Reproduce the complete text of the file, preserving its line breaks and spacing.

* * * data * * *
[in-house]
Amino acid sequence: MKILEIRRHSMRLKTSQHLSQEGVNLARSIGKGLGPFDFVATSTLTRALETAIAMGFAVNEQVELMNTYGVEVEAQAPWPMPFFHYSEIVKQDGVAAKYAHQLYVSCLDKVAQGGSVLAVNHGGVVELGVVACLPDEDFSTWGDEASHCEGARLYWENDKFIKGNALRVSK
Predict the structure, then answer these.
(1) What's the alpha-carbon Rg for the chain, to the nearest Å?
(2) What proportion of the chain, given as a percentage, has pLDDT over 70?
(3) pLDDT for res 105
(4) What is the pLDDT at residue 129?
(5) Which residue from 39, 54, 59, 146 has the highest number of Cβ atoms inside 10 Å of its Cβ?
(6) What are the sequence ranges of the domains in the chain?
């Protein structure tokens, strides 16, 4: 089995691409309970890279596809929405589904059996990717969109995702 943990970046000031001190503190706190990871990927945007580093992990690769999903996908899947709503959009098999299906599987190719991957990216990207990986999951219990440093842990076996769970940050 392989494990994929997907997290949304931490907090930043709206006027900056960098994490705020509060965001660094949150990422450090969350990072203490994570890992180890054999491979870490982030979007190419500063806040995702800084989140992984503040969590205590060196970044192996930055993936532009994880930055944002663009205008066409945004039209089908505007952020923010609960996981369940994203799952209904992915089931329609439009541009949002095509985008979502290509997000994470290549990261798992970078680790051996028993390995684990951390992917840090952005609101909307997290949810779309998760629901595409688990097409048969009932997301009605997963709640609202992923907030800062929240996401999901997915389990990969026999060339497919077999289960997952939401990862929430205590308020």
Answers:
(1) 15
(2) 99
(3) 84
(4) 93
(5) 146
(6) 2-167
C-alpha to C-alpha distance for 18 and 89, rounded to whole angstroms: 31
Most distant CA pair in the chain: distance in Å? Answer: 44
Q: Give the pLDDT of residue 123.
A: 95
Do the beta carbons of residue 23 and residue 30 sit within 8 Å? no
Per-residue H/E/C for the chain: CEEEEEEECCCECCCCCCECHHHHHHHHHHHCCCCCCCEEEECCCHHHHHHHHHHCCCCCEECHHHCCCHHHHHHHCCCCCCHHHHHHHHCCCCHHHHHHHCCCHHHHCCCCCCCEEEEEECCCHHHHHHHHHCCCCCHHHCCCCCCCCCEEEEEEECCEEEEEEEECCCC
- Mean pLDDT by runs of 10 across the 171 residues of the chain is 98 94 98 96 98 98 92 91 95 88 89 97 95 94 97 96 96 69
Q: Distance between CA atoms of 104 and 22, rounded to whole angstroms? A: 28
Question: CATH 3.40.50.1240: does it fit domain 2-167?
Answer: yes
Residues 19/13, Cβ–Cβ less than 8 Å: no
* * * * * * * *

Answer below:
[in-house]
Amino acid sequence: MKILEIRRHSMRLKTSQHLSQEGVNLARSIGKGLGPFDFVATSTLTRALETAIAMGFAVNEQVELMNTYGVEVEAQAPWPMPFFHYSEIVKQDGVAAKYAHQLYVSCLDKVAQGGSVLAVNHGGVVELGVVACLPDEDFSTWGDEASHCEGARLYWENDKFIKGNALRVSK
Predict the structure, then answer these.
(1) What's the alpha-carbon Rg for the chain, to the nearest Å?
(2) What proportion of the chain, given as a percentage, has pLDDT over 70?
(3) pLDDT for res 105
(4) What is the pLDDT at residue 129?
(5) Which residue from 39, 54, 59, 146 has the highest number of Cβ atoms inside 10 Å of its Cβ?
(6) What are the sequence ranges of the domains in the chain?
């Protein structure tokens, strides 16, 4: 089995691409309970890279596809929405589904059996990717969109995702 943990970046000031001190503190706190990871990927945007580093992990690769999903996908899947709503959009098999299906599987190719991957990216990207990986999951219990440093842990076996769970940050 392989494990994929997907997290949304931490907090930043709206006027900056960098994490705020509060965001660094949150990422450090969350990072203490994570890992180890054999491979870490982030979007190419500063806040995702800084989140992984503040969590205590060196970044192996930055993936532009994880930055944002663009205008066409945004039209089908505007952020923010609960996981369940994203799952209904992915089931329609439009541009949002095509985008979502290509997000994470290549990261798992970078680790051996028993390995684990951390992917840090952005609101909307997290949810779309998760629901595409688990097409048969009932997301009605997963709640609202992923907030800062929240996401999901997915389990990969026999060339497919077999289960997952939401990862929430205590308020």
Answers:
(1) 15
(2) 99
(3) 84
(4) 93
(5) 146
(6) 2-167
C-alpha to C-alpha distance for 18 and 89, rounded to whole angstroms: 31
Most distant CA pair in the chain: distance in Å? Answer: 44
Q: Give the pLDDT of residue 123.
A: 95
Do the beta carbons of residue 23 and residue 30 sit within 8 Å? no
Per-residue H/E/C for the chain: CEEEEEEECCCECCCCCCECHHHHHHHHHHHCCCCCCCEEEECCCHHHHHHHHHHCCCCCEECHHHCCCHHHHHHHCCCCCCHHHHHHHHCCCCHHHHHHHCCCHHHHCCCCCCCEEEEEECCCHHHHHHHHHCCCCCHHHCCCCCCCCCEEEEEEECCEEEEEEEECCCC
- Mean pLDDT by runs of 10 across the 171 residues of the chain is 98 94 98 96 98 98 92 91 95 88 89 97 95 94 97 96 96 69
Q: Distance between CA atoms of 104 and 22, rounded to whole angstroms? A: 28
Question: CATH 3.40.50.1240: does it fit domain 2-167?
Answer: yes
Residues 19/13, Cβ–Cβ less than 8 Å: no